[It was time to revive this blog, if by "revive" I mean bring back from the dead in a staggering, just a few blips on the cardiogram way. We'll see how this goes. These are tiny pieces that are linked together in some sense. More soon. -cp]
1. Stave and a Haircut
I've seen the same haircutter for ages, save a couple of years I lived in LA. I've seen her longer than any relationship I've had. She is from Germany, and usually makes her own hair the color of autumn leaves which fits her disposition, Germanic melancholy mixed with dark but sweet humor. She is a good person. We talk about cats (we've each lost several in the time we've known each other and once she started crying enough where she had to step away with her scissors in hand, knowing her hand was shaking too much to continue safely, because her cat Gris Gris had just passed away. I tried to comfort her by saying "you gave him a great life" but I understood these things take time. Much of the time we also talk about films and jazz. And sometimes politics. I saw her after the election. We tried to change the subject in that hour, but a few times The Subject came up and she talked about Germany and she was worried. I was worried, too. So I tried to change the subject again, which naturally brought us back cats, as at least our cats at that time were not dead but the opposite of dead which is alive. All of this may seem small talk, boring talk, to anyone eavesdropping (no one was eavesdropping) but it's taking comfort in what is a path of small stones that we lay out for each other, the reassurance of the smooth surfaces and the tiny objects low to the ground, comfort in having a way back if we should get lost down a melancholy tangent.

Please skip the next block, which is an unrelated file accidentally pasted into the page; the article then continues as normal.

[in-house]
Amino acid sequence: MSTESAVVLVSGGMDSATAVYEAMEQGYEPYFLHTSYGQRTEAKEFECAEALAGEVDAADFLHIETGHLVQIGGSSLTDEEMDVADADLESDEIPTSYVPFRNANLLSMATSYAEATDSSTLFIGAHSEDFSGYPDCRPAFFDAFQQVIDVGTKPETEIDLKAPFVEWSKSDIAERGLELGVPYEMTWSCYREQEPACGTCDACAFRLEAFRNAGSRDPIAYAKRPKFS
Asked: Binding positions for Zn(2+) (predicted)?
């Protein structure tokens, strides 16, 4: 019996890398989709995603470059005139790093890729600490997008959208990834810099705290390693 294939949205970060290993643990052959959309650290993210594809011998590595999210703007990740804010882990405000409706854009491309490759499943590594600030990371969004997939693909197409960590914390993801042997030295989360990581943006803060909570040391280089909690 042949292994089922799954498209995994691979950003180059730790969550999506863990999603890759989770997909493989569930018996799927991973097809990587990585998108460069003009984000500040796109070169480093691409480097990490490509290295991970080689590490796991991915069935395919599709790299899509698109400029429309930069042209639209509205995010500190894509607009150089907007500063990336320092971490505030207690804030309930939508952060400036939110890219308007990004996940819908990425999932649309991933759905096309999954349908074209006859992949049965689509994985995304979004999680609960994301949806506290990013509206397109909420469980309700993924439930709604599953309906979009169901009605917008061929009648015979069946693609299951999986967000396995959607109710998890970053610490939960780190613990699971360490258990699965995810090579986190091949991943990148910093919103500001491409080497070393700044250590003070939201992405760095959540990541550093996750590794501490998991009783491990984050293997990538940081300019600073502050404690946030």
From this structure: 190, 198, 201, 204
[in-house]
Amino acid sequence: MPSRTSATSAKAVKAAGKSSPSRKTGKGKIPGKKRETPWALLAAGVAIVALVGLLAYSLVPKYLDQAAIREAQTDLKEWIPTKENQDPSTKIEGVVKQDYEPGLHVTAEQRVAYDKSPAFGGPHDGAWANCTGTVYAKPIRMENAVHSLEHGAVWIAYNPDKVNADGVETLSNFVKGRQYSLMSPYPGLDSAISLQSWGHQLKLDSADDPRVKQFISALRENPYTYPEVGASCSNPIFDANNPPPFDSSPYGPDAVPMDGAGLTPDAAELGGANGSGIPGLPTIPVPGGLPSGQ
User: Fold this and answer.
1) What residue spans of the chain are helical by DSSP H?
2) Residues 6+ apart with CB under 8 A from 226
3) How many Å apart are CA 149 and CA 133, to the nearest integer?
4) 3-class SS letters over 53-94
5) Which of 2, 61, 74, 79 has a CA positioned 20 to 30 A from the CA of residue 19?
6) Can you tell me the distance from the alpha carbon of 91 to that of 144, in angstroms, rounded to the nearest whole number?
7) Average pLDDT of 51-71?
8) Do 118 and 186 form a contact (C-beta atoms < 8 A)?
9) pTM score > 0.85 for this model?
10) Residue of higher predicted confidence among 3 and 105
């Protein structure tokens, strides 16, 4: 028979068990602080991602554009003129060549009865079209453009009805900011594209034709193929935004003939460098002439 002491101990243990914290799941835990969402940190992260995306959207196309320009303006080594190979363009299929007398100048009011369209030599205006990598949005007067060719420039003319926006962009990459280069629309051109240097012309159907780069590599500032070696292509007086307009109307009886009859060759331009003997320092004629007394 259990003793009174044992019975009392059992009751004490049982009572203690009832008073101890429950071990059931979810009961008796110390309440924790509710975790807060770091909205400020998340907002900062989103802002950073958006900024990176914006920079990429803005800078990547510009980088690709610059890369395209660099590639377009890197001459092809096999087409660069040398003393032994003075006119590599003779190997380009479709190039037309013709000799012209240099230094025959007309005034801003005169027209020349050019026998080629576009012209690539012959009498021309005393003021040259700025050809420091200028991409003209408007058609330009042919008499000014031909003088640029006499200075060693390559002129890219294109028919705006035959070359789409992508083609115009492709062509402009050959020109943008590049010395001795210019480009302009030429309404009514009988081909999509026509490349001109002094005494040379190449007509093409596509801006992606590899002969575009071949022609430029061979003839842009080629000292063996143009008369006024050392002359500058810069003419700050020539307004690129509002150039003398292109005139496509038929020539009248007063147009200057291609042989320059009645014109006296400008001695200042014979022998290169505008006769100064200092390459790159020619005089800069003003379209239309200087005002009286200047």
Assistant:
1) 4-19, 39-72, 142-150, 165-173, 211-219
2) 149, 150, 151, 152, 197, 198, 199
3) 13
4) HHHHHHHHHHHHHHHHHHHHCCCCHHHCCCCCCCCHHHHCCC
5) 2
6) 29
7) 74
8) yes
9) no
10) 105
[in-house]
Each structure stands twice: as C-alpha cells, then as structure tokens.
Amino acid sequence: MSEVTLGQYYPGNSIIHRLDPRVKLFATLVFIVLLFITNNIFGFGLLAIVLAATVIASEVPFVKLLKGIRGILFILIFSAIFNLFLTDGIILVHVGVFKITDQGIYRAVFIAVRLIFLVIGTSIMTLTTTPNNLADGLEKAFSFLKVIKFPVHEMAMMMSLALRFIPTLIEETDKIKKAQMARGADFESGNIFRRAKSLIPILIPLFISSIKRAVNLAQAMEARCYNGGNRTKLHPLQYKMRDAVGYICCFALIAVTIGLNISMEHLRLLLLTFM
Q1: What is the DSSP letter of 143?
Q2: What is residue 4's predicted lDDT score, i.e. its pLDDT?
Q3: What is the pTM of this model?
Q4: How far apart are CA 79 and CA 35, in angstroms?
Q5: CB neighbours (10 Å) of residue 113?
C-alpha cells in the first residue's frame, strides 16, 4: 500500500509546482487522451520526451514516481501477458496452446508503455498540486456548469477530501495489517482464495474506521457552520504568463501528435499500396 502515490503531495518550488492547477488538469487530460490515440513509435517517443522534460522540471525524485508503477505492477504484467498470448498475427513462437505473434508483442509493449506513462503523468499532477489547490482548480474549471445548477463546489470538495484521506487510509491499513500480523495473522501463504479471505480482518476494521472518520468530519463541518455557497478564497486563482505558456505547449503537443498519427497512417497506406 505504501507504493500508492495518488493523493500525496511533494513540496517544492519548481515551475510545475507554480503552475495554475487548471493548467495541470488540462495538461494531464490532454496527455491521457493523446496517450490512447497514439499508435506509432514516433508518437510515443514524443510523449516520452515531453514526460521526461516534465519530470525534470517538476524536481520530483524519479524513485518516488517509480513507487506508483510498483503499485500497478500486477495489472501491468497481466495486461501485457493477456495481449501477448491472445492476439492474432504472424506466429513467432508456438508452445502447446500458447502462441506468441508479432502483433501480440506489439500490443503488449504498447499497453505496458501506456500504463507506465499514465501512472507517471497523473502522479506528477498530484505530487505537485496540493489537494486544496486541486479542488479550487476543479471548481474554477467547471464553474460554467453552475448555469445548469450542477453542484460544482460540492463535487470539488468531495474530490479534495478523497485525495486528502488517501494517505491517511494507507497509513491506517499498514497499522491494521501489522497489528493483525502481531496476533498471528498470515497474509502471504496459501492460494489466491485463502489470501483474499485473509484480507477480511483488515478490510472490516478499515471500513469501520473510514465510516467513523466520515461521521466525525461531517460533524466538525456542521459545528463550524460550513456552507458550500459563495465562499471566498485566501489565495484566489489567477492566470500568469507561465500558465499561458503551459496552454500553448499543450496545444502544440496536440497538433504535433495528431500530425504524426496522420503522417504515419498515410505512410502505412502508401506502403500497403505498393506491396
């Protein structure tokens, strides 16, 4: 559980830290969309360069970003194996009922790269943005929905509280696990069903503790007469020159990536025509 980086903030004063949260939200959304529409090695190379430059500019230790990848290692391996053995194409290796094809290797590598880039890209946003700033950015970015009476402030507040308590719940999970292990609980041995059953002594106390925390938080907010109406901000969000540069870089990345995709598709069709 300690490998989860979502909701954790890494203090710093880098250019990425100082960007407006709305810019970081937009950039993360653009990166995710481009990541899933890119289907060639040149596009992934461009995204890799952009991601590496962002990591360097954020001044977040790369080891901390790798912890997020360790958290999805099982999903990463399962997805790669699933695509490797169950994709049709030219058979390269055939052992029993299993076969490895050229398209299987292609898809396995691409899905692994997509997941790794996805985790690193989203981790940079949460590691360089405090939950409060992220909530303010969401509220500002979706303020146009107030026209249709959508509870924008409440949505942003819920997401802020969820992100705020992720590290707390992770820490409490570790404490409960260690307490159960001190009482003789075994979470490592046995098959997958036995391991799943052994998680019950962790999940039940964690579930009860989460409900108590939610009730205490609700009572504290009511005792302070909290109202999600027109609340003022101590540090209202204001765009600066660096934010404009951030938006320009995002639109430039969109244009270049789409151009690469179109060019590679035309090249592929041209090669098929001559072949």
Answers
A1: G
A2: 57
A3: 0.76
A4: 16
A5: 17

I was an opposite child: Most kids hate haircuts at first, while I wanted them much more often than my then hippie-ish parents wanted me to get (they were both after their time and before their time in this regard), so there are many class photos of me looking unhappy with my poofy hair, long hair that other kids would make fun of, somewhat misshapen hair which poofed on top on other side with a sag in the middle so I looked somewhat like a brunette version of poor Gossamer the monster from the Bugs Bunny cartoons. So when I reached adulthood I sometimes overcompensated by getting frequent haircuts. Now that I'm older I hope I've achieved more balance. A pH.
My hair has naturally changed a bit since I started seeing her, I'm lucky to not be balding much (yet) but certainly there is more graying and hair falling out and coarseness, and she tells me about her favorite "product" which I sometimes buy and then go home, ruffle my hair so it sticks up, and spray the product into the air next to me, then walk into it stooping so it falls into my head. I look like a mallard in a hurry. I slick it back down and look in the mirror, distracted by the bags under my eyes. Now I get why they are called bags, they look like tiny carry-ons sagging into a closet like sad memories of faded trips, and I do not remember seeing them as pronounced the week before, or in December, or before early November. It's time for another haircut, there's a poignancy in the consistency and the rhythm and the reliability of it that I will cling to, like we will cling to our conversations about jazz, and cats, and films, anything that is like a sleeping bag and a tent to lie in, the bag zipped up to the lips, the tent a protective shell, the world around just the quiet of the stars that will remain (they exist in the future, after all, and there's reassurance in that, too), and these are my things, these are life.